Reflections through dance

PHILADANCO! presents Intangible Influences

3 minute read
Joseph in all black tights crouches in a rehearsal space, turning away from the camera. Other dancers look away, in mid-pose
Raven Joseph in rehearsal with other PHILADANCO! dancers. (Photo by Camille Bacon-Smith)

If you are looking for an alternative to the carols and nutcrackers that dominate the season, PHILADANCO! has you covered with Intangible Influences at the Perelman Theater for four performances from December 8-10. The program includes works by two of my DANCO favorites Gene Hill Sagan and Christopher L. Huggins, and two newer choreographers, Christopher Rudd and former company member Nijawwon K. Matthews.

Home is where the heart dances

The centerpiece of the performance is Reflections … An Ode to Sagan, artistic director Kim Y. Bears-Bailey’s celebration of the neoclassical work of Sagan, with music by Ralph Vaughan Williams and Arvo Pärt. PHILADANCO! audiences remember Sagan for The Valse, and his sultry Sweet Agony was my favorite piece in a 2017 performance, but during his lifetime, Sagan choreographed for companies across Europe and in Israel, where he lived as an expat for many years. Still, DANCO always drew him home. He first worked with them in the 1970s and later served 15 years as resident choreographer until his death in 1991 at the age of 59. According to founder and artistic advisor Joan Myers Brown, the company has the rights to all his ballets. For Reflections, Bears-Bailey brings together works he created for the Kibbutz Contemporary and Batsheva Dance Companies, including Elegy and Conversations for Seven Souls, among others.

Bears-Bailey has worked with Sagan’s choreography for years, and her interpretation is founded in a deep understanding of his work, but Zane Booker, assistant rehearsal director and coach, said the dancers still faced challenges. He had a globe-spanning career as a dancer himself before returning to PHILADANCO!, so he understands the challenge. “The things he did in Israel were very different from the things he did for PHILADANCO!,” he said, “The style is very different, and when we try to interpret it, it feels like a different choreographer.” Dancers watched videos of the original performances, but, he said, “The temperament is different. It’s not the weight; it’s not the gravitas that we are used to.” But he says the dancers have put in the work to bring all the DANCO-style emotion.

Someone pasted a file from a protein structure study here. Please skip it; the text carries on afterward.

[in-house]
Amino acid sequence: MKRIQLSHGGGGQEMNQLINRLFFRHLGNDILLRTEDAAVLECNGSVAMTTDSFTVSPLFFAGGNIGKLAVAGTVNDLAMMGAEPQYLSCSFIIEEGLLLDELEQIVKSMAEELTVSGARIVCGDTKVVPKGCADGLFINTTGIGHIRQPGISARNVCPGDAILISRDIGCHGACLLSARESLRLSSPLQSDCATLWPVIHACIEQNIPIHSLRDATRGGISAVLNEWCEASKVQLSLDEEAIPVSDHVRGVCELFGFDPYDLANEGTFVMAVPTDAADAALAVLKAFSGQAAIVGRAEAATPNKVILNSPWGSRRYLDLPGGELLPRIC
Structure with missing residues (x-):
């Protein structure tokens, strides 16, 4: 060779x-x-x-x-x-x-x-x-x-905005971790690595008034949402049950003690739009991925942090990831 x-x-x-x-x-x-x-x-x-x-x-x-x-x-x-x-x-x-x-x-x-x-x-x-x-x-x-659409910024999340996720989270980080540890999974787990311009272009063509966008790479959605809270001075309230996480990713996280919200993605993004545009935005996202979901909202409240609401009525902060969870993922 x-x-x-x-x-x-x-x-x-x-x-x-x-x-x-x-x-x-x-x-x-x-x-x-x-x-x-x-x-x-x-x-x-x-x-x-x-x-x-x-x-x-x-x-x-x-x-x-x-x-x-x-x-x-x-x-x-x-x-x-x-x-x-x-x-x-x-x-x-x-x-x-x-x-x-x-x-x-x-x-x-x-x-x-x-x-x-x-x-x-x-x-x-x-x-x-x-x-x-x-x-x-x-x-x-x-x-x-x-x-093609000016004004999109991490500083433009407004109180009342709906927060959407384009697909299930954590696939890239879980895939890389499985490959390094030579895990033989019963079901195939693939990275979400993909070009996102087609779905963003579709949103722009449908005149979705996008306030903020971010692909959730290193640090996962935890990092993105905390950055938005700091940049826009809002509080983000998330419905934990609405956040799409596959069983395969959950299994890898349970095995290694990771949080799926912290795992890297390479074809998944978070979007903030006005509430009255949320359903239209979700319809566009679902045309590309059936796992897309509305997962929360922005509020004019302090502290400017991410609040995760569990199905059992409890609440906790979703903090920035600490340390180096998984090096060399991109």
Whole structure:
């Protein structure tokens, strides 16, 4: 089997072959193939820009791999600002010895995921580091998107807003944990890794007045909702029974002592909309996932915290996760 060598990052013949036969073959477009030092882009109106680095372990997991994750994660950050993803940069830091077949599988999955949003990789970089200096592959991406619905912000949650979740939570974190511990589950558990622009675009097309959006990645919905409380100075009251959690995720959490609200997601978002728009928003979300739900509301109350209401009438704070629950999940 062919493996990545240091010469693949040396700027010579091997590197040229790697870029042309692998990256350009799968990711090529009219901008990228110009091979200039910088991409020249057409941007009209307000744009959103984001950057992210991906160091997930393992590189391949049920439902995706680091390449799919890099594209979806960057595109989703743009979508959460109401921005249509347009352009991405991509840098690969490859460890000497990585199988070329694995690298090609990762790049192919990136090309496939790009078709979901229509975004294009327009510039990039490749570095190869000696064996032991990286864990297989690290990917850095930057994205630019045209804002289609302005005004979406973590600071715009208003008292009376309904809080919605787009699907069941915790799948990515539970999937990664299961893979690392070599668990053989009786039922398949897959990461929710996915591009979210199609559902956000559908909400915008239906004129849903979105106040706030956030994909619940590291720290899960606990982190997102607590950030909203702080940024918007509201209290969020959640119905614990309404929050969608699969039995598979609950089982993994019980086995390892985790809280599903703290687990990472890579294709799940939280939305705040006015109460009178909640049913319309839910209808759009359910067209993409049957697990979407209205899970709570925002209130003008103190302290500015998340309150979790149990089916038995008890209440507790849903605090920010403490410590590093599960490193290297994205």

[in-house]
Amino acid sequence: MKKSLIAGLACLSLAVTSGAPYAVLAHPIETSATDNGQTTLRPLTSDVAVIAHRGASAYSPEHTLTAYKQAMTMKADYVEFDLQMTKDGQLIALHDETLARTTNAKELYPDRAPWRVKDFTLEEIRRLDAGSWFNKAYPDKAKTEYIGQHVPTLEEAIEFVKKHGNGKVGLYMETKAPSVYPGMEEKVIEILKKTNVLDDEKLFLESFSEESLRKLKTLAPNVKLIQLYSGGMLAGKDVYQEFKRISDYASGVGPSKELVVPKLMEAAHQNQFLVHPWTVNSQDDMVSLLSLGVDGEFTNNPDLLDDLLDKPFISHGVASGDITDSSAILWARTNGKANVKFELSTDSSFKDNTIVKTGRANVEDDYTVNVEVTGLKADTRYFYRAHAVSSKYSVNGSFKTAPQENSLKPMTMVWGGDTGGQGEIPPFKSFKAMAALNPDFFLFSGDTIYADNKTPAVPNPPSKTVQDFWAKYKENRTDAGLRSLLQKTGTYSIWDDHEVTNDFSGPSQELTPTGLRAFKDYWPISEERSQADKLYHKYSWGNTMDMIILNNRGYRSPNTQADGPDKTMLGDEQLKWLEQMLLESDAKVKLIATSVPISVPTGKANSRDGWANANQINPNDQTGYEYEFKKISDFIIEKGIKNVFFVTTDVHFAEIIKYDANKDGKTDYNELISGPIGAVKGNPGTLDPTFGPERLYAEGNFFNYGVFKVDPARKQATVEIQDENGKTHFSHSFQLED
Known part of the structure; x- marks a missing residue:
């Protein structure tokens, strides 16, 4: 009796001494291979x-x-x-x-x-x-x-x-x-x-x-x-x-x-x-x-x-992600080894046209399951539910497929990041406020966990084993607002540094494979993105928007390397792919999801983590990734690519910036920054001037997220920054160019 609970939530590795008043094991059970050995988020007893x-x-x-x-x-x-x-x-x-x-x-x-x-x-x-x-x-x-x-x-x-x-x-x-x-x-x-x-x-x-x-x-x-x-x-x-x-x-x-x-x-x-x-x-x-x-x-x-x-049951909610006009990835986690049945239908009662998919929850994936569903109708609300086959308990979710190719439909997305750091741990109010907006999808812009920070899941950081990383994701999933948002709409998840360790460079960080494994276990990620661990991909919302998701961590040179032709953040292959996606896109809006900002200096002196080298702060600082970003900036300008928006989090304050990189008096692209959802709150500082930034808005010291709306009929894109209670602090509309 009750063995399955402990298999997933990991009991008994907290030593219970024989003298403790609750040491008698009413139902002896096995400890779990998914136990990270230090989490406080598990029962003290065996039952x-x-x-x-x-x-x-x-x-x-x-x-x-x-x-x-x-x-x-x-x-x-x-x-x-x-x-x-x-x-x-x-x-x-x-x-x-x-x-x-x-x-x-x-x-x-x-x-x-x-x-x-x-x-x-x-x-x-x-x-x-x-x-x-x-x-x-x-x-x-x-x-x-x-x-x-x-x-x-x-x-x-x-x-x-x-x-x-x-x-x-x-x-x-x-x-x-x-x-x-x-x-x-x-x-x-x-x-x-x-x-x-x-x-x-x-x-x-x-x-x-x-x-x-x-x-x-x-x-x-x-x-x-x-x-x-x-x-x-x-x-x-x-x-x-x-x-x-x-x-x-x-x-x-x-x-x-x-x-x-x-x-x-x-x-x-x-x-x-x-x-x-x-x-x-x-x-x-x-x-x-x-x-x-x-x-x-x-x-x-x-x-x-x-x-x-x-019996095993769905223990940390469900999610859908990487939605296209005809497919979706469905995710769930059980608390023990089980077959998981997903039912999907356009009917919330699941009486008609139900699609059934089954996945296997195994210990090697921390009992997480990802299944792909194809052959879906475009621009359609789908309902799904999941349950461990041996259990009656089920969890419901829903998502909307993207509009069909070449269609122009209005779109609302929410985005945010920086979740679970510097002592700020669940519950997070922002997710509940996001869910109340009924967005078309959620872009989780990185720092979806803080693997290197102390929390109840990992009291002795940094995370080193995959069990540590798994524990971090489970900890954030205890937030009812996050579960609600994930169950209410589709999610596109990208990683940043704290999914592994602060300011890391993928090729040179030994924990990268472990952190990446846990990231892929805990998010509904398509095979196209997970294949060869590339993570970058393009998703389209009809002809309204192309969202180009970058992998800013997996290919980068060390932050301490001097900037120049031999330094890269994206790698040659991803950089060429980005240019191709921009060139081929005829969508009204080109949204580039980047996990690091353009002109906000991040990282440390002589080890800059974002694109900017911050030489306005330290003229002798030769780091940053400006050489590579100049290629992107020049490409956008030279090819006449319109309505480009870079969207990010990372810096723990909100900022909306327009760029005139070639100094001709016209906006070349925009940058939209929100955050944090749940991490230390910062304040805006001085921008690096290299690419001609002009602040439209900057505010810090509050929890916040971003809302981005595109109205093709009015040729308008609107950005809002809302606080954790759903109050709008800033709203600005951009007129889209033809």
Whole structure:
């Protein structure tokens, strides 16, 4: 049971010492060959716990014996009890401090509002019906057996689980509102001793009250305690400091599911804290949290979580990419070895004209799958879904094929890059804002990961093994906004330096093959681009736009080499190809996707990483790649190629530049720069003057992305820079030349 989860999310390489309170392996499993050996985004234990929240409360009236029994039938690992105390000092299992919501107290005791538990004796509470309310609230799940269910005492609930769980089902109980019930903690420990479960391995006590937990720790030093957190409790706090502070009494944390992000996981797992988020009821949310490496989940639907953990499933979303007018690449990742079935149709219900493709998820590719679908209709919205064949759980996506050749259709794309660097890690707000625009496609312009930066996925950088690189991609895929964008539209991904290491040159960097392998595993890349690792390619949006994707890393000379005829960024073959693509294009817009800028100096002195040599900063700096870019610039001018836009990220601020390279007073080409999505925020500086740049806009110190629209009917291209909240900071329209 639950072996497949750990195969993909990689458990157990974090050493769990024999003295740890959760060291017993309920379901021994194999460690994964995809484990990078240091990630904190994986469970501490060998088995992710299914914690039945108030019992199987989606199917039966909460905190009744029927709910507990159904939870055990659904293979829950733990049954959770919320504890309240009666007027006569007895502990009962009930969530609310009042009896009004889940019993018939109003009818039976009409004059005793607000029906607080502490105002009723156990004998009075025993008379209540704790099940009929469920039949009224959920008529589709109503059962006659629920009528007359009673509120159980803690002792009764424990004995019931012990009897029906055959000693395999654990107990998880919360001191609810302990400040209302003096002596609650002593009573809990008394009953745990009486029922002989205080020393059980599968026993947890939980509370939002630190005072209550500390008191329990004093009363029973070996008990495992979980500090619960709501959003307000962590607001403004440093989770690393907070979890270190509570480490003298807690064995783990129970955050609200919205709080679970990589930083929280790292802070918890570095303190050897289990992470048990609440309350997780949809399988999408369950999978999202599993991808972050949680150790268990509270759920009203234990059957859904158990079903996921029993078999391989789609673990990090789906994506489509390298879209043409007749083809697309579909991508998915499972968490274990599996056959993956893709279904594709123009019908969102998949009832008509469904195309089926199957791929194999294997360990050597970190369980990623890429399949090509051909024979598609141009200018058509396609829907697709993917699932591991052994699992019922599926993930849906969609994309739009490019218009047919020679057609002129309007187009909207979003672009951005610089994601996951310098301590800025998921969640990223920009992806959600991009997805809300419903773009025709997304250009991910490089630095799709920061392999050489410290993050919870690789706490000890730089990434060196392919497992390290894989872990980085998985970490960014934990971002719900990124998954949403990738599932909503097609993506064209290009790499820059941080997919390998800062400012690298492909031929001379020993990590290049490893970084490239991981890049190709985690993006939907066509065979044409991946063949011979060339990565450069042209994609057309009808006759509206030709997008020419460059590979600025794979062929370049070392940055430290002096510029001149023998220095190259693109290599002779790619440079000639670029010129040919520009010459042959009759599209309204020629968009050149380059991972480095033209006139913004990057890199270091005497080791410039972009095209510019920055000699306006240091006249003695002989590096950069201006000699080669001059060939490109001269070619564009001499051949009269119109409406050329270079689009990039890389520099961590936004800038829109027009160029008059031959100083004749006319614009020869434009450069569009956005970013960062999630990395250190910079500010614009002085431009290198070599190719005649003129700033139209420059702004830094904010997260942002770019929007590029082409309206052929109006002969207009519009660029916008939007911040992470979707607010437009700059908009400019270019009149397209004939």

Finding the flow

Huggins is another favorite, bringing intensity and depth with pieces like New Fruit and Enemy Behind the Gates, so a new piece is always exciting. Retro looks like another memorable work. According to Booker, Huggins “lets the music lead him.” In Retro, he draws on an eclectic mix of Tony Anderson’s ambient sounds, Cremation Lily’s industrial/ambient with jagged edges, and the techno house of Private Press. Huggins works with contrast in the music and also in the dancing, Booker says, “So that even though the music may sound harsh, and it may attack, and it may be repetitive, he’s looking to find a fluidity that contrasts with that music.”

Retro invites the audience, as well as the dancers, to reconnect with the past, their own as well as history. It’s Booker’s job to make sure the dancers know the steps and, just as important, help them find the motivation and make their own emotional journey in the tension between the dance and the music.

With Intangible Influences, PHILADANCO! set out to chart the path of influence between established choreographers like Huggins and the new generation. For Huggins, the emotion faces outward, addressing the world around us. Matthews has worked with Huggins in the past, and like Huggins, he looks to music as an integral part of his work in the company premiere From Dystopia to Our Declaration, which he created in collaboration with composer Dave August. Matthews brings the emotion as well, but at a deeply intimate level as he explores in dance his struggle with his identity. “He really is telling a story of coming to understand himself and who he is as a person,” Booker said, and the dramatic [and sometimes ominous] music “expresses the internal and dramatic struggle made external for the audience.”

Brown is keeping the lid on Rudd’s Mating Season but says it is “quite different from what people usually see PHILADANCO! do.” She promises it will be a surprise.

What, When, Where

Intangible Influences. Choreography by Gene Hill Sagan, with excerpted works compiled by Kim Y. Bears-Bailey, Christopher L. Huggins, Nijawwon K. Matthews, and Christopher Rudd. PHILADANCO!, presented by the Kimmel Cultural Campus. $29-$49 (with an $11.50 convenience fee for online orders, plus an additional $4.00 order fee). December 8-10, 2023, at the Kimmel Cultural Campus's Perelman Theater, 260 S Broad Street, Philadelphia. (215) 387-8200 or


The Kimmel Cultural Campus is an ADA-compliant facility.

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